Alcohol in Kazakhstan


Strong alcoholic drink is an "imported" culture from Russia , and it is almost as much appreciated here as in Russia proper. Since alcohol is particularly cheap, it's easy for one's health to suffer.


Wherever you go you will have drink pressed on you by your hosts, and they will be insistent; good excuses are needed to refrain from drinking - such as "My doctor has forbidden me to drink", or "I never drink".

Sadly, a new drinking culture is developing in the cities with the rise of a middle class with spending power, and young business people are most at risk of alcoholic excess. Even Kazakhs who cherish their traditions are unlikely to escape the problem.

These days there are a number of good locally made beers on the market such as Amstel, Tien Shan, Derbes and Karagandinskoye.

Kazakh wines from the areas of Yesik and Turgen are drinkable.

Domestic vodka must always have a tax label on the cap. Buy it only in good shops -the brands offered in kiosks are often of doubtful origin.

Toasting in Kazakhstan

Dinners, cocktails or any other occasion to raise glasses (and there are many) are seized upon and enjoyed with singular purpose.

Drinking without at least saying in Russian u na zdarovye"- "to your health" - is considered highly impolite. The more extended and the more eloquent a toast, the louder the applause will be. Glasses are filled during the toast speech, and are expected to be emptied in a single gulp.

Any official or semi-formal banquet is conducted by a tamada or toastmaster (see also Dining), who makes the key toasts; he (only rarely she) is the only one who can do so without anyone else's permission; he appoints people to make a toast and gives permission to do so on request.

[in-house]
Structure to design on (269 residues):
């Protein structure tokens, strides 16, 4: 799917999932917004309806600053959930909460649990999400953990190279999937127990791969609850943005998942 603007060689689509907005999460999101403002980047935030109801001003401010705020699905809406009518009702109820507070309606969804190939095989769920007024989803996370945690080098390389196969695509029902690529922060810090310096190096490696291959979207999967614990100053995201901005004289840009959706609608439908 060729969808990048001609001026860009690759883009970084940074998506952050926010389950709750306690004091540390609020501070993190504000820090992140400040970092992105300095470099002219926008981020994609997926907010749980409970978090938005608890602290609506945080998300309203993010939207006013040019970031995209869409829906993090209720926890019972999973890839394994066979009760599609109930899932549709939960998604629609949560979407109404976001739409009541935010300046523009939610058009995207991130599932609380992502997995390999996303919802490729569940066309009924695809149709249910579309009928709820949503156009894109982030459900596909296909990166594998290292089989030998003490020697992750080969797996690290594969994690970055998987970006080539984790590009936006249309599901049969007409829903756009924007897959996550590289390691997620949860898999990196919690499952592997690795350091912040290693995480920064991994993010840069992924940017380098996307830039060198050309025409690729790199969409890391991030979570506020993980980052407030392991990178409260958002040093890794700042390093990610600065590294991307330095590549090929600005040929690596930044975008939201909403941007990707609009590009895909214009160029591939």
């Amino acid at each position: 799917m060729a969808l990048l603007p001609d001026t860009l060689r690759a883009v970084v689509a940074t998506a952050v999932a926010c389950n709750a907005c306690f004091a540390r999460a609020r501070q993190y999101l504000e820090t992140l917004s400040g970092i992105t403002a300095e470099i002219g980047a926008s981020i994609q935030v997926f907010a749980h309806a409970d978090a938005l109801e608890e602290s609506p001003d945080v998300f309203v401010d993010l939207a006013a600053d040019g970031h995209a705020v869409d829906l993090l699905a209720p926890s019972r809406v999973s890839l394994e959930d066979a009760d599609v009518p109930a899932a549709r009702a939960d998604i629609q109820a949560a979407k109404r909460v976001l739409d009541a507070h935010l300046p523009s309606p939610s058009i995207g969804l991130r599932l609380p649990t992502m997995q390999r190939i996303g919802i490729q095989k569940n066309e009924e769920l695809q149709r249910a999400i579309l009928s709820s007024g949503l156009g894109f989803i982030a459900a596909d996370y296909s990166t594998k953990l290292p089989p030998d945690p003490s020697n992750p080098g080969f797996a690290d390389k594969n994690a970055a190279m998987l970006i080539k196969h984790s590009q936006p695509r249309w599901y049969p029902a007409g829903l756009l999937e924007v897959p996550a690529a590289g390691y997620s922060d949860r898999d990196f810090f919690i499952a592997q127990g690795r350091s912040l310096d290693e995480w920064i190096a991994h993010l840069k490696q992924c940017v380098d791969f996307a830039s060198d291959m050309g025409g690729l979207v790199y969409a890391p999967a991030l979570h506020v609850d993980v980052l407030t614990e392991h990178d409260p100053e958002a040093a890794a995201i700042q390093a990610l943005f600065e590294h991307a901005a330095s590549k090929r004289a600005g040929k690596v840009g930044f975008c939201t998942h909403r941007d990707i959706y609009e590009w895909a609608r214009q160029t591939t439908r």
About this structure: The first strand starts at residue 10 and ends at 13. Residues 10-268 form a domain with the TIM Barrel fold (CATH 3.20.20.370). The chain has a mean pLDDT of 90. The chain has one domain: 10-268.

Guests are never ignored in this process, and their obvious task is to thank the head of the family for hosting them, which is bound to be responded to by the latter expressing his appreciation for the guests doing honour to his table.

This series of exchanges usually takes up the first round of toasts. There follows a range of toasts to each of those present in order of importance.

Later in the proceedings, toasts can be made to happiness, prosperity, brotherhood, the respective nations of host and guests, to all the people present, to all the people absent, to the women in the world, to the young generations, to the old generations...

In Kazakhstan the last-but-one toast is always in honour of the hostess, with thanks for her generosity and hospitality.

This is followed by the last "official" toast which is nicknamed pasachok (Russian) - literally "walking stick cup".

Those still thirsty can comfort themselves with the very last toast, or stremyenaya (Russian) - "mounting cup" which in times of old used to be made when the guests were already on horseback.